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March 12, 20181 found this helpful
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Use in baking, drinks and sauces. If you cant use them all now, grate the zest and freeze, then juice them and freeze.

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ThriftyFun is one of the longest running frugal living communities on the Internet. These are archives of older discussions.

January 12, 2010

I use lemons in much of my cooking, but find the prices very high these days. I used to pass by the bags of lemons, never needing that many, but now when the prices are good, I buy a bag and do the following:


I first remove the zest and then juice all the lemons. I freeze the juice in small freezer containers. The zest I chop and freeze by putting a teaspoon or two on a square of plastic wrap, twisting it, and putting each in a freezer baggie labeled for one or two teaspoons. The "carcasses" I have found several uses for. I freeze them and when needed I thaw and use for:

  • Grind in garbage disposal to clean and deodorize.

  • Put one in refrigerator to deodorize.

  • Put one in simmering water for fresh kitchen smell.

  • Use to de-lime deposits on the sink.

  • Rub it on the copper to brighten the shine.

  • Rub one on my hands if I have been chopping onions.

In the end, it saves so much money, uses every bit of the lemon, and I always have fresh lemon and zest when I need it for cooking.

In recipes, I use the following guidelines:

Recipes calling for the juice of one:

  • Lemon: 2-3 Tbsp.

  • Lime: 2 Tbsp.

  • Orange: 2 oz.

Recipes calling for the zest of one:

  • Lemon: 1 Tbsp.

  • Orange: 2 Tbsp.

  • Lime: 1/2 Tbsp.

Source: My own desperation

By Nicki Rippeteau from Warrensburg, MI


Using It All - Lemons

This is very clever advice. Thank you so much. I shall take a note of it. (I have a lemon tree in my back yard.) Another use for the pith of the lemon is as a jam setter (pectin). Boil it up with citrus to set marmalade. (09/24/2009)

By merry woods

Using It All - Lemons

You can also freeze them (whole or quarter) by placing on a cookie sheet in the freezer and then, once frozen, transfer to freezer storage containers. Also, zest them first and dry the zest and place in an airtight container. (09/25/2009)

By Deeli

Comment Was this helpful? Yes

September 24, 2009

I keep looking for the price of lemons to go down, but alas, this is not happening. My family uses lemon in a variety of ways so hear are my tips. For the best buy, I usually look for fruit sold in bulk mesh bags; and until I started to use these little tricks, I would often find that at least one or two pieces of fruit had gone bad by the time I needed it.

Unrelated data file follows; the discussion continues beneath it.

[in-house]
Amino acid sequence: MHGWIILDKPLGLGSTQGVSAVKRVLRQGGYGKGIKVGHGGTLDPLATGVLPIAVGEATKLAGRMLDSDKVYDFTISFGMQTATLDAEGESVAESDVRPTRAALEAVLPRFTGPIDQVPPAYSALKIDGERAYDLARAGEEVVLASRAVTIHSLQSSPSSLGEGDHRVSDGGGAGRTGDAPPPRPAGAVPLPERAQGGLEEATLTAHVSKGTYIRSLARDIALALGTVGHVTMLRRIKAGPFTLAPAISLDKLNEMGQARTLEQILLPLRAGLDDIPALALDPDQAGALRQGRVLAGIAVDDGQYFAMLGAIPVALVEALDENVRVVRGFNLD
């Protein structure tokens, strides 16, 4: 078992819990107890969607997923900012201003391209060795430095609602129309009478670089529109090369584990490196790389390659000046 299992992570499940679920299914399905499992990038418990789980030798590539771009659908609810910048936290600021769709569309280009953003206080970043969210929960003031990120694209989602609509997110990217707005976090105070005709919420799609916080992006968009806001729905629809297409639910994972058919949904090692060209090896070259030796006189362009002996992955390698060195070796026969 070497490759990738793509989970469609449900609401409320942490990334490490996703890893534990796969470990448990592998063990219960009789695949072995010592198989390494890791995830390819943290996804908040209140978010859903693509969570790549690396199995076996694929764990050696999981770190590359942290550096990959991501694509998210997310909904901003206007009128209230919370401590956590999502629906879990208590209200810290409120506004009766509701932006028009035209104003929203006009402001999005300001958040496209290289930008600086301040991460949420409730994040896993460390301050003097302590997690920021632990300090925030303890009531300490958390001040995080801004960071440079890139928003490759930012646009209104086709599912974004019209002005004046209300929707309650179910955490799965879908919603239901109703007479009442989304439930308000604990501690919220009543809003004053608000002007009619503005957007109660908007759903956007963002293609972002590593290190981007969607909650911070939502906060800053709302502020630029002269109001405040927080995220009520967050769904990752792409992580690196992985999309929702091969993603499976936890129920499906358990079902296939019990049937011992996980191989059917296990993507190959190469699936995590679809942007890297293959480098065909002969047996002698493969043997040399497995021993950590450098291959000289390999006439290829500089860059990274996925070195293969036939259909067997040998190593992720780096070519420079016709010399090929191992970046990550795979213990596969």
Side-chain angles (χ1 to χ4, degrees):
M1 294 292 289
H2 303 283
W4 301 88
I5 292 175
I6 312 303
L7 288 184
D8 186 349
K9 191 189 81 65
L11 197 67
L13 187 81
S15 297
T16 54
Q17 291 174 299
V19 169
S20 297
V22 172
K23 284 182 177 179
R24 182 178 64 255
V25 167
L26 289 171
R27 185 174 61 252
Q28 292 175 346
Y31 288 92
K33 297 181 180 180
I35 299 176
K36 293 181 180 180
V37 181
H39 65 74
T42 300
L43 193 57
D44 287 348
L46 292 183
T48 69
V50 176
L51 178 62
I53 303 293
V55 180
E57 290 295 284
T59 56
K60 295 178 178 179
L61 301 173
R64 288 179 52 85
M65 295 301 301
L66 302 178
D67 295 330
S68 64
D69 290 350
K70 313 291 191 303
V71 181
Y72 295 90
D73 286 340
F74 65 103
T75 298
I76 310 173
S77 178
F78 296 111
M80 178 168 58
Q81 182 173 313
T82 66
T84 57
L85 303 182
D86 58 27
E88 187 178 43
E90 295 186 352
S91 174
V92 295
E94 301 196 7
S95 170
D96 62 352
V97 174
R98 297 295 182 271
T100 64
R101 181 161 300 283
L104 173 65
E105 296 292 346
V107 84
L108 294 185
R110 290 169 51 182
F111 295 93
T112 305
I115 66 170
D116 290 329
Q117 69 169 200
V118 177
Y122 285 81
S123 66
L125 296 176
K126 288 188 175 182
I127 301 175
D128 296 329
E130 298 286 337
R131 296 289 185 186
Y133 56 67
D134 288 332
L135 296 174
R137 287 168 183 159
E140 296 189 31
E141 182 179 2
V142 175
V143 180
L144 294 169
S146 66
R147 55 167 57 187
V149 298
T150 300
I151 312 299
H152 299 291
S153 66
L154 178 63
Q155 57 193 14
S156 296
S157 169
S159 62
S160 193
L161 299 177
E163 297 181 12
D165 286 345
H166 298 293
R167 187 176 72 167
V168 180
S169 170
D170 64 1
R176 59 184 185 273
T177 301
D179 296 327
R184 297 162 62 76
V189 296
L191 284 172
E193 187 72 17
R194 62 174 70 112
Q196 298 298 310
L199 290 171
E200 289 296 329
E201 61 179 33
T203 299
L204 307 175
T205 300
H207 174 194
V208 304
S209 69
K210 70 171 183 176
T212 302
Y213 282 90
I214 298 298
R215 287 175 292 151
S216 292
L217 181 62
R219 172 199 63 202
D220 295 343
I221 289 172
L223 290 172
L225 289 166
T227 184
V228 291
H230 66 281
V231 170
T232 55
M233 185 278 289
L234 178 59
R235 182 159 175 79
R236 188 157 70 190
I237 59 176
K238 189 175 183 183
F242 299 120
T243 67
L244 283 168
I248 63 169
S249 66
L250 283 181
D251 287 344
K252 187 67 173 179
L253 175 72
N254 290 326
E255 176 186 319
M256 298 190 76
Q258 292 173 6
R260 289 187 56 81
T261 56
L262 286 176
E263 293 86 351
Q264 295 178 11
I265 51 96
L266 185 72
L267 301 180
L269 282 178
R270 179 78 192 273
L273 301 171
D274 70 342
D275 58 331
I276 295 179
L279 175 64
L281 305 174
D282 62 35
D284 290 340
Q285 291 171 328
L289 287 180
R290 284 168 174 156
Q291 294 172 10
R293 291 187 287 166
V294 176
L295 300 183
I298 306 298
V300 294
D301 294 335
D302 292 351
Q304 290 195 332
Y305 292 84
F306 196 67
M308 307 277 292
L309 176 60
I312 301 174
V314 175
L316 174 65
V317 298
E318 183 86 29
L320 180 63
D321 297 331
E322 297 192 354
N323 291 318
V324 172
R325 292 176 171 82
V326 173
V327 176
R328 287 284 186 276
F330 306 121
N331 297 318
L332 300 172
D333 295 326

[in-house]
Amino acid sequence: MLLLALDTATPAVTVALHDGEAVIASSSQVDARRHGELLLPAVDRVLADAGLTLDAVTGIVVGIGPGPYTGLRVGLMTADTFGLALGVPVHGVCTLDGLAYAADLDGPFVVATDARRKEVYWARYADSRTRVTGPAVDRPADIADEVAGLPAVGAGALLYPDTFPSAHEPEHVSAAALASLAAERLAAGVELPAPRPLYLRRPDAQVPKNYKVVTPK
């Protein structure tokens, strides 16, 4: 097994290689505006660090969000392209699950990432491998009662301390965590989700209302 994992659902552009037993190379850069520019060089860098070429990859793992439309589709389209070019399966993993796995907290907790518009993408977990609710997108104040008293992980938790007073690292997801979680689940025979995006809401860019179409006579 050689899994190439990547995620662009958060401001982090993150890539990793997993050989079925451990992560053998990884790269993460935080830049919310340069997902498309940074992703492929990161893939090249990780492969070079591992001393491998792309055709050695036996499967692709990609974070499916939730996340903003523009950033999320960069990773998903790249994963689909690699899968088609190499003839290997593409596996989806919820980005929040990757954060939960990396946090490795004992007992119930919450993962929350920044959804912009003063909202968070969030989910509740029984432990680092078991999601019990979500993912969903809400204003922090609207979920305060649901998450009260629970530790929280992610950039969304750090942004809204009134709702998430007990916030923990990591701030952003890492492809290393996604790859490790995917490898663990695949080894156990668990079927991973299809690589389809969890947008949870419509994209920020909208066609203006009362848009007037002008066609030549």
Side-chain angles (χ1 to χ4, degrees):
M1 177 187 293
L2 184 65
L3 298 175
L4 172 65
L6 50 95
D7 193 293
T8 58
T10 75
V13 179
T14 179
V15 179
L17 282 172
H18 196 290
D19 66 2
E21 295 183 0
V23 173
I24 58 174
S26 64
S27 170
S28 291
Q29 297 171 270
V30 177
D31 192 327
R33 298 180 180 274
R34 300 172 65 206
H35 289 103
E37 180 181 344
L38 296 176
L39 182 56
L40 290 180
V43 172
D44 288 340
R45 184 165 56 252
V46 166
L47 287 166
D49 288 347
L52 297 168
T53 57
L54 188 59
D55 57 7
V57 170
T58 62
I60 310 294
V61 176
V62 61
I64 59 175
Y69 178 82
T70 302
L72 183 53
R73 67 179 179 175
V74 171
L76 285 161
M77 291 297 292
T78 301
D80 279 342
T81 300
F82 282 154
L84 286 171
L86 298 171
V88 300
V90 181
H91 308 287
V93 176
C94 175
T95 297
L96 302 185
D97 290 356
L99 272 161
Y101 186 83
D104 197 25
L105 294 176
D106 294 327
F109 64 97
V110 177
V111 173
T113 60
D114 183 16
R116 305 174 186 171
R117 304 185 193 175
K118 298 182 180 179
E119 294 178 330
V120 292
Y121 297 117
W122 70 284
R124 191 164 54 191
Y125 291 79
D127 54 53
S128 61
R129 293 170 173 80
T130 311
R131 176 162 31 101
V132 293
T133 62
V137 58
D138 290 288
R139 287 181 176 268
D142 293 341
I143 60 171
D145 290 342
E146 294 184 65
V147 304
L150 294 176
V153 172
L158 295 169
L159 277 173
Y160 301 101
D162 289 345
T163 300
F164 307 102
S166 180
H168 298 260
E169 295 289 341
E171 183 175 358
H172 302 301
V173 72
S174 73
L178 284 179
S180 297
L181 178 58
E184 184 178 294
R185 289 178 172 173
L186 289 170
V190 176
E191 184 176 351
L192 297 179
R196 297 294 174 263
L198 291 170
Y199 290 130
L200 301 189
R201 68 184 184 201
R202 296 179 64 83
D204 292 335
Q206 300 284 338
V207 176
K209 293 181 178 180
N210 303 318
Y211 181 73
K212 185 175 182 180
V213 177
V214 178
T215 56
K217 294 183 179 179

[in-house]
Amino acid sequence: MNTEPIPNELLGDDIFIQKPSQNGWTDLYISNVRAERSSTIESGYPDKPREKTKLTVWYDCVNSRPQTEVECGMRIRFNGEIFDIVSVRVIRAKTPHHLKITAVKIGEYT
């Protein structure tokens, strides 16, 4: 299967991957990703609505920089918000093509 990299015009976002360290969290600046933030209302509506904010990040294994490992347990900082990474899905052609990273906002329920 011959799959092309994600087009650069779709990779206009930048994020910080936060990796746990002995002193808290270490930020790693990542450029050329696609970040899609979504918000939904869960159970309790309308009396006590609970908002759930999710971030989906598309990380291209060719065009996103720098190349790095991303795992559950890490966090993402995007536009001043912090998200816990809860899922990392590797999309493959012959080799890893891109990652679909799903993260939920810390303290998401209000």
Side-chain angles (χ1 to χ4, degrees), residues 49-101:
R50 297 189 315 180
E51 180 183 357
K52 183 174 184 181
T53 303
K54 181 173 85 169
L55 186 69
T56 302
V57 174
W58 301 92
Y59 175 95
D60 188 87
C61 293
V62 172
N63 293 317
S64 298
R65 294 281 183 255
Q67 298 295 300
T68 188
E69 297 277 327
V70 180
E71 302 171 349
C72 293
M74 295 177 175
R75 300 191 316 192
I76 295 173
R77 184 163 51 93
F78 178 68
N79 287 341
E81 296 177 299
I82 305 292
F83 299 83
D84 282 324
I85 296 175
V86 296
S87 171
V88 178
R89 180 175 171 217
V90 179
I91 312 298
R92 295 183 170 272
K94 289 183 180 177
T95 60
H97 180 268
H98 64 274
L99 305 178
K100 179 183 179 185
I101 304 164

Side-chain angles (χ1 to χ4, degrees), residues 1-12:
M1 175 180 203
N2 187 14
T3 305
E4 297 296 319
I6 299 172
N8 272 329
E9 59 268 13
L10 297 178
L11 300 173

When you first bring the fruit home, wash and dry every piece, then using the fine side of a hand grater (not a zester), grate off the rind of at least a few of the fruits. Store the zest in a small zip bag in the freezer to use in muffins, quick breads and other recipes.

Then squeeze the juice from all of the lemons that you will not be using within a week. Pour the juice into an ice cube tray and freeze. Store the lemon juice cubes in a zip bag of their own in the freezer.

When a recipe calls for two Tablespoons of lemon juice or more I can thaw as many cubes as I need. A cube has 1 1/2 Tablespoons of lemon juice.

This has saved me money and time! You can also use this for oranges and other citrus.

By Bobbie from Rockwall


Using It All - Lemons

I can go you one further. After I grate the lemon peel and juice the lemons, I cut the remaining peels into small chunks and use them in my garbage disposal. You can even freeze them and use them in the disposal as needed. They really help to get rid of that funky smell you sometimes get in your disposal! (08/16/2007)

By Donna N., San Diego

Using It All - Lemons

The best yet :) Lemons will help you lose weight! After reading so much about it, I decided to give it a try and I have lost something like 10 pounds in less than two months!

Just squeeze the lemon juice into a bottle, fill with water to the top - NO SUGAR - add some peppermint decoction for better taste if you like. Keep handy and drink whenever you feel thirsty during the day! (08/16/2007)

By Ouiser

Using It All - Lemons

PS Aldi's sometimes has great deals on lemons (08/17/2007)

By Robin

Using It All - Lemons

Maybe this is a silly question but I'm newbie to these things so I'll ask anyway...

Do not the ice cubes stick to each other when we put them in the zip bag?

Thank you!


By Orquidea Pires

Using It All - Lemons

You can also soak extra citrus peels in vinegar to make a nice deodorizing spray. This is great when you have animals, especially cats who mark their territory inside. Cats don't like the smell of citrus so they leave the place alone for a while. We do like the smell of citrus! (08/17/2007)

By Denise

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August 15, 2007

Many recipes call for a squeeze of lemon juice. Well, after wasting many lemons in cutting them open, I found a more thrifty way for a dab of lemon juice.